for better or worse (ok, worse) i unexpectedly find myself having the time to write this post as i sit here with a sack of ice on my left knee and 2-8 weeks to contemplate the problem. i'm looking to find myself a good ski quiver for tahoe.
about me: 42 yrs old, 5'9" & 150 lbs, probably a psia level 8, fairly aggressive skier, good fitness, midwest background (recent sf bay area transplant). i was hoping to do 30-40 days this season but due to, ahem, "unforeseen circumstances" will probably be more like 20-30. i like a moderately stiff boot (110 currently) and i have no biomechanical irregularities of note.
what i like to ski: i struggle to answer this question. the answer is kind of "everything", as i simply love to ski. i tend to avoid groomers but hey, every once in a while i too like to open it up on the flat stuff and let it rip. midwest heritage means that hardpack and ice are second nature to me, so the deeper it gets the more i have to work (and learn: a goal of mine is to become as proficient an off-piste skier as i am on-piste). i'm hoping to get to alta, mammoth and mt hood this year, but for pragmatic reasons (read "season pass") most of my days will be at squaw.
reality check: i'd love to say that since my home base is tahoe i need lots of float for all the glorious snow, but the reality is slightly different. i live in the sf bay area (though i'm looking for a ski lease for the winter) and typically drive up for 2-4 day stints (and try to avoid weekends when i can). i do generally have to plan ahead a bit to get away so it's a bit of a crapshoot what conditions i may get. that being said, i think it falls into roughly 3 categories:
1) true powder: i happen to be up there and it's dumping that night. while ideal, the stars aligning on this one are rare.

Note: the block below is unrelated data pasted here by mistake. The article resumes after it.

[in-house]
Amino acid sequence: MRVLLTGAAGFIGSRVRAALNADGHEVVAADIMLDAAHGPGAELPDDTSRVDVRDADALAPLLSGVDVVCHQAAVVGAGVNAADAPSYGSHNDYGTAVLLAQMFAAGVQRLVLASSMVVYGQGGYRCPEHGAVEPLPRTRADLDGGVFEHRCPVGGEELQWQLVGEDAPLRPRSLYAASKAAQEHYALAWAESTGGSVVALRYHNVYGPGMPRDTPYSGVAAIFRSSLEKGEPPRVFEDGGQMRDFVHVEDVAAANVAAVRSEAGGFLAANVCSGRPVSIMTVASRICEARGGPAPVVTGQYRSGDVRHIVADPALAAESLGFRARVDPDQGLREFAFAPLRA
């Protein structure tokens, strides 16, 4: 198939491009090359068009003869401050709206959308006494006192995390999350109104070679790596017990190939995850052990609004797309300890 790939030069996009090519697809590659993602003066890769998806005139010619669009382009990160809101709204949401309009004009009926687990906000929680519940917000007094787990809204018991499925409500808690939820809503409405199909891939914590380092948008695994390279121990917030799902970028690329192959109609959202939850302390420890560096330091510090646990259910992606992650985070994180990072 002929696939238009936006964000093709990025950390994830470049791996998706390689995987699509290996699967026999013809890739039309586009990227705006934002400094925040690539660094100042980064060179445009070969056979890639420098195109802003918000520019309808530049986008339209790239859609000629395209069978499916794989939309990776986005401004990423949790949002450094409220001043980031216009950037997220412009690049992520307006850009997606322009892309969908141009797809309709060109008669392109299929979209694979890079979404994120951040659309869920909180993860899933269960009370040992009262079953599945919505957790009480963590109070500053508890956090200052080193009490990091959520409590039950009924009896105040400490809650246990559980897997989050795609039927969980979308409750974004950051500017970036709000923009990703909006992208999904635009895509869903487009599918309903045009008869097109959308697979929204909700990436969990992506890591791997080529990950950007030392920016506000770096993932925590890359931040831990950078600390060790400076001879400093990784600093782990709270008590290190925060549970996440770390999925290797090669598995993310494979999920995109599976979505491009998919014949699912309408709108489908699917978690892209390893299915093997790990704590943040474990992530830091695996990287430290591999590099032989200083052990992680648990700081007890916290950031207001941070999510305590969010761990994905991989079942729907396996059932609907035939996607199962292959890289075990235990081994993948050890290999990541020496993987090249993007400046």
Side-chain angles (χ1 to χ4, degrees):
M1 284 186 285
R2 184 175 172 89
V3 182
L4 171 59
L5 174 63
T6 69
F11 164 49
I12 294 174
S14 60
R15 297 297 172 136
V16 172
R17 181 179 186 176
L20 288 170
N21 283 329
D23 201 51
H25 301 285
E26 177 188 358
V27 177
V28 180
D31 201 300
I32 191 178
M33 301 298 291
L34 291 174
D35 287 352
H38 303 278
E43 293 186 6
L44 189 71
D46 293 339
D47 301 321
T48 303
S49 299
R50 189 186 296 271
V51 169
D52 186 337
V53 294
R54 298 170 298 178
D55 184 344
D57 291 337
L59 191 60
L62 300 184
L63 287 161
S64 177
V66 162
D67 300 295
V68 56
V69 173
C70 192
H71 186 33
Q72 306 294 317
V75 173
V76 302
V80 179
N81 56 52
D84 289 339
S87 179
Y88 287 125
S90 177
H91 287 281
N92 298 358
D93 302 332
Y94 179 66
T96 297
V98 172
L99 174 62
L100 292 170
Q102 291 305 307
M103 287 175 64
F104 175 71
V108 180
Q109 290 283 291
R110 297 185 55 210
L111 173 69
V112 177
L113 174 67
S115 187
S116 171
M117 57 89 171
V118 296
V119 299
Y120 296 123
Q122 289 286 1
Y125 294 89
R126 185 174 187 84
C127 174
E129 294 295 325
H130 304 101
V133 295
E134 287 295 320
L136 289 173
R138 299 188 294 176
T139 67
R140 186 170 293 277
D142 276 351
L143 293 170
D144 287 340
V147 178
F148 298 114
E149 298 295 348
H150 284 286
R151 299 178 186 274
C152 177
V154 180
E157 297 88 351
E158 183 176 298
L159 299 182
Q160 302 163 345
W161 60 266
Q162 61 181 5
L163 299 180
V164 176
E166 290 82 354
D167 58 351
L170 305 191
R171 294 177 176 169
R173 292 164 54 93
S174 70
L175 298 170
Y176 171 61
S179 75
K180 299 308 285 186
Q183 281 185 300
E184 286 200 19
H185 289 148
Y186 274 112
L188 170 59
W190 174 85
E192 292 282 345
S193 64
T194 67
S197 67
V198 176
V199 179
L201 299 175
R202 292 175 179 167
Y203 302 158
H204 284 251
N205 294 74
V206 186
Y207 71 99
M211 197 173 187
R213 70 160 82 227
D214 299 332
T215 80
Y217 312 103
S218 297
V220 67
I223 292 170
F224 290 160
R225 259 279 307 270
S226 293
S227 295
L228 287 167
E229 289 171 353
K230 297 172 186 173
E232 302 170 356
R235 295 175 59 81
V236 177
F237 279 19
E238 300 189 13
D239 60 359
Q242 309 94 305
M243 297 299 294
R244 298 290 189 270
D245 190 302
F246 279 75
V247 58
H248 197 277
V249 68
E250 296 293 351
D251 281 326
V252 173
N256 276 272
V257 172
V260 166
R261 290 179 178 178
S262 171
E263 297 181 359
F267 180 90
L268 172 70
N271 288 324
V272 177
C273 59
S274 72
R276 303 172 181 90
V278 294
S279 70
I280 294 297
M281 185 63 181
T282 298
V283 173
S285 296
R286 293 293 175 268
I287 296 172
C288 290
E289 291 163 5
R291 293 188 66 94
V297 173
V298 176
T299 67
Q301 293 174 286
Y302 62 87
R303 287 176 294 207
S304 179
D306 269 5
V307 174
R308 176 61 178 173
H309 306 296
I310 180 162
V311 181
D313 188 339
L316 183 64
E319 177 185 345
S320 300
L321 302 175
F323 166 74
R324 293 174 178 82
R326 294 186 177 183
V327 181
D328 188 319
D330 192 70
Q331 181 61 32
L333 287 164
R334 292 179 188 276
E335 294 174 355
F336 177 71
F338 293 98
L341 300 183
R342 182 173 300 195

2) recent snowfall: fairly common. decent snow on the groomers plus lots of chowder and/or crud around. some stashes around but it's work to find them.
3) no new snow: nothing in a week or two means the goods are skied out, lots of bumps, hardpack, and ice shortly after the sun comes off an aspect.
(by the way, this is only my second year in the area so i'd love a reality check on my reality check from long-time tahoe vets)
given the above, i think i've decided that the best way to go is to match a ski to each of the above general categories. the one decision i've made is that i'll almost certainly buy a dedicated powder ski, but not until after the season's over when everything is ridiculously cheap. so for the time being, i'm focusing my dollars on a 2-ski quiver and one of them has to at least keep me alive in the deep stuff.
before i actually pick specific skis to demo i need to figure out what type of ski fits categories 2 & 3. for cat2 it needs to be a good crud-buster, handle well at speed, and manageable in changing conditions. almost certainly the most versatile ski i'll buy (and likely the first), maybe 90-100mm under foot? cat1 needs to handle well in the bumps, hold an edge well, and carve nicely once conditions relegate me to the groomers, maybe 75-80mm or so? once i've got those figured out i can actually start putting skis into each category.
so, do my categories make sense? what types/widths/sizes of skis would you put in each? the above are just my initial thoughts on the matter and i'm open to altering any or all of my plan. many thanks in advance!